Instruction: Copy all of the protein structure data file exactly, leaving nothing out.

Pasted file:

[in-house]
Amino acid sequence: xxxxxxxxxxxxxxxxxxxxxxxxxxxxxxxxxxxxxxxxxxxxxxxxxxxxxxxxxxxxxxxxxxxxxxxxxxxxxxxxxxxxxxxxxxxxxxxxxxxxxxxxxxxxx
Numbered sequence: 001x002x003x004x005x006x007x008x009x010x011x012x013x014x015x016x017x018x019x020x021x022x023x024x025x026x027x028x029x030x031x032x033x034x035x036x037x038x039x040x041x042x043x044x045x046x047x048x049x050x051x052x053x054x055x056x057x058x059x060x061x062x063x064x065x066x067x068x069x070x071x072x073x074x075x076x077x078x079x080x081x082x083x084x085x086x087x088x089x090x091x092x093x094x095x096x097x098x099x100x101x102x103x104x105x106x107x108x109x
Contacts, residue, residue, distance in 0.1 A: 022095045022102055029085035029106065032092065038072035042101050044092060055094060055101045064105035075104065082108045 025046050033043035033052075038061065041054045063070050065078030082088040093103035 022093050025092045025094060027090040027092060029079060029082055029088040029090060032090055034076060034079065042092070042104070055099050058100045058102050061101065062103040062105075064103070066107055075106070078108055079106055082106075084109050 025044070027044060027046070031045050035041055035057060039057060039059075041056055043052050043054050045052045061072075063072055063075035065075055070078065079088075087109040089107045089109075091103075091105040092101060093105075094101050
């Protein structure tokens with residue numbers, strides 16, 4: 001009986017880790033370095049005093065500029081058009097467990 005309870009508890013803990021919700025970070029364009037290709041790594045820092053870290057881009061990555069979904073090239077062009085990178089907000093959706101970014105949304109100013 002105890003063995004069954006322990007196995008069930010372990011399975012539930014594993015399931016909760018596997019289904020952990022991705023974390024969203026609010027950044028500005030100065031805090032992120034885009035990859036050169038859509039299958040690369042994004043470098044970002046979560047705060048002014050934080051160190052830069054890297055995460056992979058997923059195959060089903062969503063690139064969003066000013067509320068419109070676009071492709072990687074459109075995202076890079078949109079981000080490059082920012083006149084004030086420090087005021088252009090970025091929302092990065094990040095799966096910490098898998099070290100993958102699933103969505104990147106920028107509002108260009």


[in-house]
Amino acid sequence: xxxxxxxxxxxxxxxxxxxxxxxxxxxxxxxxxxxxxxxxxxxxxxxxxxxxxxxxxxxxxxxxxxxxxxxxxxxxxxxxxxxxxxxxxxxxxxxxxxxxxxxxxxxxx
Numbered sequence: 001x002x003x004x005x006x007x008x009x010x011x012x013x014x015x016x017x018x019x020x021x022x023x024x025x026x027x028x029x030x031x032x033x034x035x036x037x038x039x040x041x042x043x044x045x046x047x048x049x050x051x052x053x054x055x056x057x058x059x060x061x062x063x064x065x066x067x068x069x070x071x072x073x074x075x076x077x078x079x080x081x082x083x084x085x086x087x088x089x090x091x092x093x094x095x096x097x098x099x100x101x102x103x104x105x106x107x108x109x
Contacts, residue, residue, distance in 0.1 A: 022095045022102055029085035029106065032092065038072035042101050044092060055094060055101045064105035075104065082108045 025046050033043035033052075038061065041054045063070050065078030082088040093103035 022093050025092045025094060027090040027092060029079060029082055029088040029090060032090055034076060034079065042092070042104070055099050058100045058102050061101065062103040062105075064103070066107055075106070078108055079106055082106075084109050 025044070027044060027046070031045050035041055035057060039057060039059075041056055043052050043054050045052045061072075063072055063075035065075055070078065079088075087109040089107045089109075091103075091105040092101060093105075094101050
């Protein structure tokens with residue numbers, strides 16, 4: 001009986017880790033370095049005093065500029081058009097467990 005309870009508890013803990021919700025970070029364009037290709041790594045820092053870290057881009061990555069979904073090239077062009085990178089907000093959706101970014105949304109100013 002105890003063995004069954006322990007196995008069930010372990011399975012539930014594993015399931016909760018596997019289904020952990022991705023974390024969203026609010027950044028500005030100065031805090032992120034885009035990859036050169038859509039299958040690369042994004043470098044970002046979560047705060048002014050934080051160190052830069054890297055995460056992979058997923059195959060089903062969503063690139064969003066000013067509320068419109070676009071492709072990687074459109075995202076890079078949109079981000080490059082920012083006149084004030086420090087005021088252009090970025091929302092990065094990040095799966096910490098898998099070290100993958102699933103969505104990147106920028107509002108260009």